Tuesday, February 24, 2015

Birkie: Wherein glory is sought and lessons are learned

For every glorious attack, there is an equal but opposite glorious grasping in the back of the pack.  It’s not the winning move but it’s the move of someone who will not fold. The flailing reaction of a resilient spirit.  Heidi Swift
Yup, lessons were learned.  Going into the Birkie, I was wondering if a training diet of bike commuting and roller ski intervals, not to mention large holes in time where I did no training at all because I was sick or tired or working super late or whatever,  would be enough to carry me through 55k of never-ending ups and downs, and the answer, at least for someone of my ability and skill level, is a resounding NO.  Right from the first 5k, I realized I was in for a long long day; I sorely missed the pop and leg strength that would have come from some good long trail runs and some after-work sessions lifting heavy weights.  I even, in the first 5k, found myself hoping I would fall on a hill and break a pole and get pulled from the race, and that has NEVER happened to me before!  (Yeah, I know there's pole service at the aid stations, but I would have pretended not to know.)

I've also never been so freakin' cold.  This is the view from Joe and Cheri's gorgeous home right next to the Birkie trail:

Pretty, huh?  But this is the temperature the first day I was there.  This is Fahren-freakin'-heit, people, and my brain didn't even know how to understand it!

The next day, the day before the race, it was -15F and I went out for an hour ski to see if I could figure out what to wear.  I was super cold; my throat squeaked shut when I took a breath and my asthmatic lungs shriveled into frozen little prunes.  Race day warmed up to +15F and I figured I could wear one less layer than I had the day before, but I was wrong.  I was cold all day, shivering, stiff and unwieldy on the downhills, creaky on the uphills.  My face hurt in the cold, even with dermatone slathered all over.  The extreme cold might have even led to a rookie mistake on my part; when we waxed skis the day before, I kept adding more layers of kick wax -- more green, because it's cold!  And more blue, because it might warm up!  And then more green, because it will be colder first thing, and then more blue because, well, just because.  One of the guys in our house asked me if I was planning to ski all the way back to Cable after the race, because I had so much wax on.  Um, no, smarty pants.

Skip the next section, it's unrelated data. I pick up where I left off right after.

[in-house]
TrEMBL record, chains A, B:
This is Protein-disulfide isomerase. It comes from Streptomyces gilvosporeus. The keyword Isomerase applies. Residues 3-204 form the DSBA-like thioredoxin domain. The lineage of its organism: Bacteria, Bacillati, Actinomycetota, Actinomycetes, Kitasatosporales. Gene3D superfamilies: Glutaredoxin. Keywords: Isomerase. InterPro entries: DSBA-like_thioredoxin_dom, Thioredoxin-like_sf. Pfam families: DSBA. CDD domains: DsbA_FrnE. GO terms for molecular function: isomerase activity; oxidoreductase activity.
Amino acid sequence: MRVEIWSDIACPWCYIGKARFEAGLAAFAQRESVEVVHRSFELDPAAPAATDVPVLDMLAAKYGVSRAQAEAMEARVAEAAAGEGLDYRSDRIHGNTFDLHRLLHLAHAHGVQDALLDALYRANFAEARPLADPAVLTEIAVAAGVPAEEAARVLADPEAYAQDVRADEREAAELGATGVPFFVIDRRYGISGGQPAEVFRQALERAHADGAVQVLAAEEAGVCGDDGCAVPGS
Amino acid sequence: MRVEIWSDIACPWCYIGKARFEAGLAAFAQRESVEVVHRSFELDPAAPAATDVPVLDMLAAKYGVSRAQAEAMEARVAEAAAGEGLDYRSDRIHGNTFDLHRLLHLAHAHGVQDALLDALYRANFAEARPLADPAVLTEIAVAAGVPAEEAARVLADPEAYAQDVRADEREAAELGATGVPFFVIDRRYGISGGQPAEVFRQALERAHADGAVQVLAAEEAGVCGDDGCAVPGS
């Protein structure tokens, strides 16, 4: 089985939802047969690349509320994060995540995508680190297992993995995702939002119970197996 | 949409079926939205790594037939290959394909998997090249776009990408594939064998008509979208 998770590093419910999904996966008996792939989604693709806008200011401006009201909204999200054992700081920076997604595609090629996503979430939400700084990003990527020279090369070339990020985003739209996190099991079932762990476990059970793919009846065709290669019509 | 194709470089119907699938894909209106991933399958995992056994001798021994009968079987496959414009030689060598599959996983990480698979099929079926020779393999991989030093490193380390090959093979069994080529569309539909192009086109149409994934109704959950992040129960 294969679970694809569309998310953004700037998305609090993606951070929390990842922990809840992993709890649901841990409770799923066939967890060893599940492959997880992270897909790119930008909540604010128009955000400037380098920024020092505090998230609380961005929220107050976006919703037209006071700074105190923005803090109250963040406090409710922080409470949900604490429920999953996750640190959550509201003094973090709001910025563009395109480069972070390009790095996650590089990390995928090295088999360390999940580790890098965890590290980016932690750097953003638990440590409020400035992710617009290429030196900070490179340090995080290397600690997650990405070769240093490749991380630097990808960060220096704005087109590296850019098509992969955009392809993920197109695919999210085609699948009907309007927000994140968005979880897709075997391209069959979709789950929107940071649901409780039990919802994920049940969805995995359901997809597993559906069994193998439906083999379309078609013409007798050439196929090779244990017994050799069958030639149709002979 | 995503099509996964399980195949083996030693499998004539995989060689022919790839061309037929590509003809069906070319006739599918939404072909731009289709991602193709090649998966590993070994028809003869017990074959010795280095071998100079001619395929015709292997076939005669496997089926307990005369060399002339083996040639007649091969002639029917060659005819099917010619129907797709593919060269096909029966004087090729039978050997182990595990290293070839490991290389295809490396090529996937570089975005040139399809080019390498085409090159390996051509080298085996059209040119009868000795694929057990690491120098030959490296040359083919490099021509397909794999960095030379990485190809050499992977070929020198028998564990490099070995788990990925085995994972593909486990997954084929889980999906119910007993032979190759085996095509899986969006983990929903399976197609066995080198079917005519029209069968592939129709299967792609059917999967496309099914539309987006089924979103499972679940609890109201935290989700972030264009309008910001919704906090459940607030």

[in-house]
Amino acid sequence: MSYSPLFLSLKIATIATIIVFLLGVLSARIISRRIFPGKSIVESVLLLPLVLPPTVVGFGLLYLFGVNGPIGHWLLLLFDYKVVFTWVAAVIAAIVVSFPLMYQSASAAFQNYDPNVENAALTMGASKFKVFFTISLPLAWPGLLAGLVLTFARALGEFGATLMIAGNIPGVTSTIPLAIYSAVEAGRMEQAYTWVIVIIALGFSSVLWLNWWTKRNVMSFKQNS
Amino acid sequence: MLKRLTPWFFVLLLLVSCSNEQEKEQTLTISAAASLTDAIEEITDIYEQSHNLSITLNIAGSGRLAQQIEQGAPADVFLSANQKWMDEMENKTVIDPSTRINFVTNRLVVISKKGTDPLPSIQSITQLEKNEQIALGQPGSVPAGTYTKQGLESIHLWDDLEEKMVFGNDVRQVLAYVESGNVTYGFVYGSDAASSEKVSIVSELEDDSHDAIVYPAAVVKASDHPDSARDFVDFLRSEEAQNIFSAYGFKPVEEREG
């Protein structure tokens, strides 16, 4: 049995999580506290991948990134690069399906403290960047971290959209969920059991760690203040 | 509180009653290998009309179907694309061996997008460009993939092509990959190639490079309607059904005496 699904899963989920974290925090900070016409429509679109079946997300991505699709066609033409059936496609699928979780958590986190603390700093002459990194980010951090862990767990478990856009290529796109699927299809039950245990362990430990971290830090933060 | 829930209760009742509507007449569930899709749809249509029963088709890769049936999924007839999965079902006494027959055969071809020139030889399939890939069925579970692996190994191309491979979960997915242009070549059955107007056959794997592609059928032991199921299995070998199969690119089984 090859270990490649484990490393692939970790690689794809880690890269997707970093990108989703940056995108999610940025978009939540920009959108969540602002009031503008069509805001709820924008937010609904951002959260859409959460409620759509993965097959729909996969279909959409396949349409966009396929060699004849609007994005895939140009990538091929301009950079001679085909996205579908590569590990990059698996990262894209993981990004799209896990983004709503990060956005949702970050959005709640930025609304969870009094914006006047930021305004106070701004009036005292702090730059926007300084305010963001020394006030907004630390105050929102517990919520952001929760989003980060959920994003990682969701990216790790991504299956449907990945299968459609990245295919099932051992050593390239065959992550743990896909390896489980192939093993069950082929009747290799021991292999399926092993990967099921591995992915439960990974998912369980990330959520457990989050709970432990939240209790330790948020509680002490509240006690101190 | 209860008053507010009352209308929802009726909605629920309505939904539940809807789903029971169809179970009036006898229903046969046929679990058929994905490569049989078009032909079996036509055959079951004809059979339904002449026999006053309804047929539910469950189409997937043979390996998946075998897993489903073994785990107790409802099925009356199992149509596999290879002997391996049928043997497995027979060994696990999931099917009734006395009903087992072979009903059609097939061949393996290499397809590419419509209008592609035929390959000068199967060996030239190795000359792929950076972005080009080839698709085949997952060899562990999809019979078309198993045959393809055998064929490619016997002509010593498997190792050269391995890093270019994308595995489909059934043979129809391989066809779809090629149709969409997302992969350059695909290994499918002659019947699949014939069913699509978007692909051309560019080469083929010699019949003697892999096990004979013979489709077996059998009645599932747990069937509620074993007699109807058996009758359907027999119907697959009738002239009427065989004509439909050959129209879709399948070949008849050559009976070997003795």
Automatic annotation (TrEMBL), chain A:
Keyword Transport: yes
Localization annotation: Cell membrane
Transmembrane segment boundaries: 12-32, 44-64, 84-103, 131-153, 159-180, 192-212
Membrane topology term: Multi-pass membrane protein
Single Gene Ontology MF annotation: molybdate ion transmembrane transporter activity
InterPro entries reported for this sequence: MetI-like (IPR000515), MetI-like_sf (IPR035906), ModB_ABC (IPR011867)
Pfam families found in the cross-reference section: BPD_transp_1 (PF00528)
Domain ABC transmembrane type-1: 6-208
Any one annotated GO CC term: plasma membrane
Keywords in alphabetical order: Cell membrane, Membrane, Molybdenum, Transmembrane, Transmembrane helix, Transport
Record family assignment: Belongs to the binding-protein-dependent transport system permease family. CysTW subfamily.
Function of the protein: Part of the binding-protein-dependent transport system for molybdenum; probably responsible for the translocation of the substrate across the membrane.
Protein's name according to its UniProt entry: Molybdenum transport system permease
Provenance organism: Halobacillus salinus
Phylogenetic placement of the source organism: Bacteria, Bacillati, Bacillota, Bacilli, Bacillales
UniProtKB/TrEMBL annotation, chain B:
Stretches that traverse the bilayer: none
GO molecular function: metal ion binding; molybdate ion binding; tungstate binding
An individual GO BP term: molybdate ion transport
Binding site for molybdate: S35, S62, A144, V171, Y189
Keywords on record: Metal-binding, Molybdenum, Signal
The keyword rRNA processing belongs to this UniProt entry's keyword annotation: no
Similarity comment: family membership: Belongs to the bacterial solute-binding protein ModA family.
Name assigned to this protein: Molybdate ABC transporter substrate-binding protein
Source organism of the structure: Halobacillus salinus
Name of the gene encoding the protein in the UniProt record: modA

But I probably had too much kick; my skis were flying fast on the downhills, thanks to Per and Joe's fancy powders (wasted on me, really, but I appreciated it!) ...

but I was able to walk up too many hills that others were herringboning or bounding.  So I felt draggy on the flats and ups, but maybe that was because I was so cold, or had too much wax, or just plain wasn't in the right condition for this event.  It was a long long day, but once I decided I wasn't going to have a great race and neither was I going to drop out, I just put my head down and kept going, uphill after downhill after uphill after downhill.

So was it fun to be so far back in the pack, cold and struggling, wheezing, plodding up endless hills, finally crossing the finish line after seven and a half hours, fer cryin' out loud, with a raging cough that still hasn't calmed down?  No, of course not.  But was it fun to spend the whole day skiing through a snowstorm in the peaceful quiet north woods, on real snow -- so soft you could poof it off your car with a brush instead of chiseling at it with an ice scraper -- fat snowflakes landing on my nose, chatting with the awesome aid station volunteers, making friends with other skiers I leapfrogged as we made our way to Hayward, knowing Per was waiting at the end to whisk Sandy and me home to Joe and Cheri's for saunas and hot showers and scrumptious dinner (cupcakes!  wine!  lots of wine!), and then delicious sleep?  (Thanks, Snorin' Brian, for relinquishing our bunk room to me and sleeping on the couch so I could sleep!)  Was it fun to spend a long weekend with Joe and Cheri, who are so amazingly warm and gracious and caring, and their fun friends?  Yes yes yes!  The good parts were worth way way more than the pain, and they're the parts I think about now.

And there were lots of other good parts to that weekend.  We went to the VIP Birkie bash, where the most awesome chef was manning a pasta bar.  Yum, home-made pesto!